Fireside Papers

Front Cover
Sherman, French, 1915 - American essays - 357 pages
These "Fireside Papers" are all the flying years have left me of many happy hours . . In them linger the thoughts, hopes, and remembrances of evenings gladdened by the sweet fellowship of friends that age not with the failing strength of those who have loved them and who will always love them. The ancients called all good books a " Treasury of Remedies for the Mind," but they are more than that, for in them gather what is best in every age and land. The philosophers, poets, and teachers of all time are with us still. When they were on earth, as we are at the present moment, they were called living men and women; and now that we see them no more with the natural eye, we think of them as dead. Nevertheless they are not dead, but live and breathe and have their being in many books of priceless value.
 

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Page 75 - Created half to rise, and half to fall; Great lord of all things, yet a prey to all; Sole judge of Truth, in endless Error hurl'd: The glory, jest, and riddle of the world!
Page 149 - Read from some humbler poet, Whose songs gushed from his heart, As showers from the clouds of summer, Or tears from the eyelids start ; Who, through long days of labor, And nights devoid of ease, Still heard in his soul the music Of wonderful melodies.
Page 250 - There be four things which are little upon the earth, but they are exceeding wise : the ants are a people not strong, yet they prepare their meat in the summer ; the conies are but a feeble folk, yet make they their houses in the rocks; the locusts have no king, yet go they forth all of them by bands; the spider taketh hold with her hands, and is in kings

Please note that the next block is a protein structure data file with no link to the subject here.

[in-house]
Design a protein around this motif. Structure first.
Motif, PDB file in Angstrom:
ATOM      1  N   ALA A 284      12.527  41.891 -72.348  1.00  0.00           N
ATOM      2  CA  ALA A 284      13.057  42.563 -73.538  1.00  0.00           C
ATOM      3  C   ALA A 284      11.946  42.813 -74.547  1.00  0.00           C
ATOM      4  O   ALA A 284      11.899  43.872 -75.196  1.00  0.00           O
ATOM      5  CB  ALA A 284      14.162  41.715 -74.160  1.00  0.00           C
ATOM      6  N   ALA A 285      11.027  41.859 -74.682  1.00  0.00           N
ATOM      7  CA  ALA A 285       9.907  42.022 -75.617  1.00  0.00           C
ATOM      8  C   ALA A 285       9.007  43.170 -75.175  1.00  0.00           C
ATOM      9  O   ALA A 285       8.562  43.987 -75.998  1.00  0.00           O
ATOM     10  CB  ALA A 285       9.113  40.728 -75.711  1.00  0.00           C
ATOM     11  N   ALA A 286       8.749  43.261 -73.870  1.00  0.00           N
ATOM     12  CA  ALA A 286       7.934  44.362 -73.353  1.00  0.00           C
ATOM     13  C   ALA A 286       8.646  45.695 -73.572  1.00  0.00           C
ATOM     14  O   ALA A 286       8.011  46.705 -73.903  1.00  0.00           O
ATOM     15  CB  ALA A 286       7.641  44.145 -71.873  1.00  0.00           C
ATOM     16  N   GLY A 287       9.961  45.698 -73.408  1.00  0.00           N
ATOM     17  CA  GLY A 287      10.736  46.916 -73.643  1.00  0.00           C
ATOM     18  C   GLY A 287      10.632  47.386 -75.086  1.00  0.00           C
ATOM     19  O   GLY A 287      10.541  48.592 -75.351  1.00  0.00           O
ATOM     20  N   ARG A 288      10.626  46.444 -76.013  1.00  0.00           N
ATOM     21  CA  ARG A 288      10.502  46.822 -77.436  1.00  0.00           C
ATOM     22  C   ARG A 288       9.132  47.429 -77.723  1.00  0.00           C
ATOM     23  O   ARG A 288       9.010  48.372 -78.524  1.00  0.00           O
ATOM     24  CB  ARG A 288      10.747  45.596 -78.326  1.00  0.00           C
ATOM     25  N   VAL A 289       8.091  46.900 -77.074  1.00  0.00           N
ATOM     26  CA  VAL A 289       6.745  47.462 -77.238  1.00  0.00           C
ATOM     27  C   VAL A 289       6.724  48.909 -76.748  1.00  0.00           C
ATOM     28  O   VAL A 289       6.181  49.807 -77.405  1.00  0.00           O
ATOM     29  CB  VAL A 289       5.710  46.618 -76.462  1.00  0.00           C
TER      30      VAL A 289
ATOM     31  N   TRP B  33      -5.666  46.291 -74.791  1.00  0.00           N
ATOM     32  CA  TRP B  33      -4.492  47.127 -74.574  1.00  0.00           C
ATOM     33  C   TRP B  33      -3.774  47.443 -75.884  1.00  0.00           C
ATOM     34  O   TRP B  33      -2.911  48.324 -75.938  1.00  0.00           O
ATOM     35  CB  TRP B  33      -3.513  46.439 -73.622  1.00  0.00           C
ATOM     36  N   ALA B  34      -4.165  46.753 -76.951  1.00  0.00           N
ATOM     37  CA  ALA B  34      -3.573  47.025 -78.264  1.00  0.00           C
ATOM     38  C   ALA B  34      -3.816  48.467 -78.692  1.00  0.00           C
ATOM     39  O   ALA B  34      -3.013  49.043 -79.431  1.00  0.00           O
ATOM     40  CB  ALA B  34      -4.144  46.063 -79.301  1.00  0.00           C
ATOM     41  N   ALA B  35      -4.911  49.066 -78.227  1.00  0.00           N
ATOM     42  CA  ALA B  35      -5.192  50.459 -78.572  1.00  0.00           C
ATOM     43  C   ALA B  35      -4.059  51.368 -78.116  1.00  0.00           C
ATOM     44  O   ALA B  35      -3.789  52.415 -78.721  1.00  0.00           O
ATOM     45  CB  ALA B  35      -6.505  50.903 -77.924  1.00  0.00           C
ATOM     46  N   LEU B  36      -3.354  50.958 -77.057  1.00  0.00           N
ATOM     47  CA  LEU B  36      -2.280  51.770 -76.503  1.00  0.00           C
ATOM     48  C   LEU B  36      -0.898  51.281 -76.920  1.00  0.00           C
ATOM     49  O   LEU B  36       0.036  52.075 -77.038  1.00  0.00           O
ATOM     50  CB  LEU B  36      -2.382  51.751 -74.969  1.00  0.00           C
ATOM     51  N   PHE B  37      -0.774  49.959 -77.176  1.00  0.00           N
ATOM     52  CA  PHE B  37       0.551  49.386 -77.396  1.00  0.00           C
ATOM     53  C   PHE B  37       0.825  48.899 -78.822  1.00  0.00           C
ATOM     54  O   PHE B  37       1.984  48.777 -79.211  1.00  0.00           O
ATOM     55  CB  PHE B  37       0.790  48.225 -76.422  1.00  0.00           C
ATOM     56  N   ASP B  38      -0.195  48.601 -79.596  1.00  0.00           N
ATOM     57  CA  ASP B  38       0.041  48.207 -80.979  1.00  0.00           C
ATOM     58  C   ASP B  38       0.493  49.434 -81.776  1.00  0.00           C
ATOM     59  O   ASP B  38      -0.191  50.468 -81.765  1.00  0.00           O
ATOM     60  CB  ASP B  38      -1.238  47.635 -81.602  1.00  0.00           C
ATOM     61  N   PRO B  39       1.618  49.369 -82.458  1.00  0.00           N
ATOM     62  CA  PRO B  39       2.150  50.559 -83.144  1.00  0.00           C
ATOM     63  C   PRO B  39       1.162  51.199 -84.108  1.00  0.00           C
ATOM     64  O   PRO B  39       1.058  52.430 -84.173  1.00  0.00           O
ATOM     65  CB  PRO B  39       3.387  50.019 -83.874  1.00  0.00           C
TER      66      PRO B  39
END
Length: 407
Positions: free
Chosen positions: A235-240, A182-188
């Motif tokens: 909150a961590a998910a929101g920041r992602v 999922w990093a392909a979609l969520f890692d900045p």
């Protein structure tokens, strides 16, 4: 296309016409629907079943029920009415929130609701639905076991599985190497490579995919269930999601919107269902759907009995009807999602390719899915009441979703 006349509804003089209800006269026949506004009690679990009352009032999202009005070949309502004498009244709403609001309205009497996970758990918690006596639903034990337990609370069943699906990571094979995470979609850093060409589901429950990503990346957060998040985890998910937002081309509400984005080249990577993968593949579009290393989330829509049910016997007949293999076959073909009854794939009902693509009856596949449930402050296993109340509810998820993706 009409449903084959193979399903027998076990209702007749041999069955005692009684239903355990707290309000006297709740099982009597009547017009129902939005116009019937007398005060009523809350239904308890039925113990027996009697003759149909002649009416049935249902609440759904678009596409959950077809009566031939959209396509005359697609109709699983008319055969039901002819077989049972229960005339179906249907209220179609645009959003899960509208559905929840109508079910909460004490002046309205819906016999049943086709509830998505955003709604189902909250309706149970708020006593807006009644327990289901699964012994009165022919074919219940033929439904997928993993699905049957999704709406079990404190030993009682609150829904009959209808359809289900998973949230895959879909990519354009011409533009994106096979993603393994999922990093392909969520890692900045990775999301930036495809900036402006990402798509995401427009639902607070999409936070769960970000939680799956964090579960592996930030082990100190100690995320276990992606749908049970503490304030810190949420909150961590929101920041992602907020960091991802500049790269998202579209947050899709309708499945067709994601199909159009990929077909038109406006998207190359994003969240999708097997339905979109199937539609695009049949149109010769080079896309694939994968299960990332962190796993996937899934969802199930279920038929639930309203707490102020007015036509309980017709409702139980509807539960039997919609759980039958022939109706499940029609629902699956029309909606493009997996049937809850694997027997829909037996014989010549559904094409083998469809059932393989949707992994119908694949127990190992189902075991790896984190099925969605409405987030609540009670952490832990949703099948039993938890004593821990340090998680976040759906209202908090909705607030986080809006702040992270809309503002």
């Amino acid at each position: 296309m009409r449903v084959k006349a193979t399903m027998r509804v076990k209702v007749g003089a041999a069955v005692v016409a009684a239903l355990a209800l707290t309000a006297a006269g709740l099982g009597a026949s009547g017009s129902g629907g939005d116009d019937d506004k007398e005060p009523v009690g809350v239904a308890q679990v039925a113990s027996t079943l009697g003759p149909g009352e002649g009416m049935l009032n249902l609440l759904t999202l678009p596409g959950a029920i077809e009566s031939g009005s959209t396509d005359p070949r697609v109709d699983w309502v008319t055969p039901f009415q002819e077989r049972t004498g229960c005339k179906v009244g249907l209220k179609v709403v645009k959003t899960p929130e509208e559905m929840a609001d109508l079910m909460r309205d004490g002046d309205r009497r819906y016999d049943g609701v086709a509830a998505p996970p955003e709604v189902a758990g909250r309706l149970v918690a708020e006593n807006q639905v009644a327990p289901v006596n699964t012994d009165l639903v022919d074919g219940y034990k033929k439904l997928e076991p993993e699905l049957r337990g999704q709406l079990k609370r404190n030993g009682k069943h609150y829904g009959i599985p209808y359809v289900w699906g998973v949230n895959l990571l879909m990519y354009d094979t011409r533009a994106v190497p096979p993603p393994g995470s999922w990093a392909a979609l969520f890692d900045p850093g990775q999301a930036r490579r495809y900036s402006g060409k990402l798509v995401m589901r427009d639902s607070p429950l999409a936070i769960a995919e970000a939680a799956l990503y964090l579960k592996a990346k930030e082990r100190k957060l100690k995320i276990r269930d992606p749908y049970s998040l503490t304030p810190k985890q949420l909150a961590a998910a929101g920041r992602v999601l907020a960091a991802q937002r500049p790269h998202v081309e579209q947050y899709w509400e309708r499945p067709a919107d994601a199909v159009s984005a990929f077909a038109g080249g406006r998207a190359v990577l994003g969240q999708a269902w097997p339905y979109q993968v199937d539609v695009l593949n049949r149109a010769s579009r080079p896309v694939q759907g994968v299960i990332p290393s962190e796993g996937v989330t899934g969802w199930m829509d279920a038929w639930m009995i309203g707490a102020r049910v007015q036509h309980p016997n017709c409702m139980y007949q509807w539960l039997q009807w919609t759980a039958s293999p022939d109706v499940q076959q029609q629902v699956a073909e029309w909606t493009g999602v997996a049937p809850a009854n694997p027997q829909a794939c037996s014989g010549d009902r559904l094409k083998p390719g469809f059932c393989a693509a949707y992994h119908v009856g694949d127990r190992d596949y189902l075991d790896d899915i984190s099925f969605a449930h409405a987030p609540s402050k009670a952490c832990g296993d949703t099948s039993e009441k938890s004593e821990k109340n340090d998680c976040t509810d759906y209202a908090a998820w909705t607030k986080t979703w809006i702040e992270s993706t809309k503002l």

Page 260 - And surely your blood of your lives will I require ; at the hand of every beast will I require it, and at the hand of man ; at the hand of every man's brother will I require the life of man. Whoso sheddeth man's blood, by man shall his blood be shed : for in the image of God made he man.
Page 99 - OH for a lodge in some vast wilderness, Some boundless contiguity of shade, Where rumor of oppression and deceit, Of unsuccessful or successful war, Might never reach me more...
Page 331 - And the high gods took in hand Fire, and the falling of tears, And a measure of sliding sand From under the feet of the years...
Page 312 - Tyger! Tyger! burning bright In the forests of the night, What immortal hand or eye Could frame thy fearful symmetry? In what distant deeps or skies Burnt the fire of thine eyes?
Page 166 - Master of human destinies am I ! Fame, love and fortune on my footsteps wait, Cities and fields I walk; I penetrate Deserts and seas remote, and passing by Hovel and mart and palace— soon or late I knock unbidden once at every gate! If sleeping, wake — if feasting, rise before I turn away. It is the hour of fate...
Page 313 - What the hammer? what the chain? In what furnace was thy brain? What the anvil? what dread grasp Dare its deadly terrors clasp? When the Stars threw down their spears, And watered heaven with their tears, Did he smile his work to see? Did he who made the Lamb make thee?
Page 48 - I suppose, have thus suffered; and if I had to live my life again, I would have made a rule to read some poetry and listen to some music at least once every week; for perhaps the parts of my brain now atrophied would thus have been kept active through use. The loss of these tastes is a loss of happiness, and may possibly be injurious to the intellect, and more probably to the moral character, by enfeebling the emotional part of our nature.

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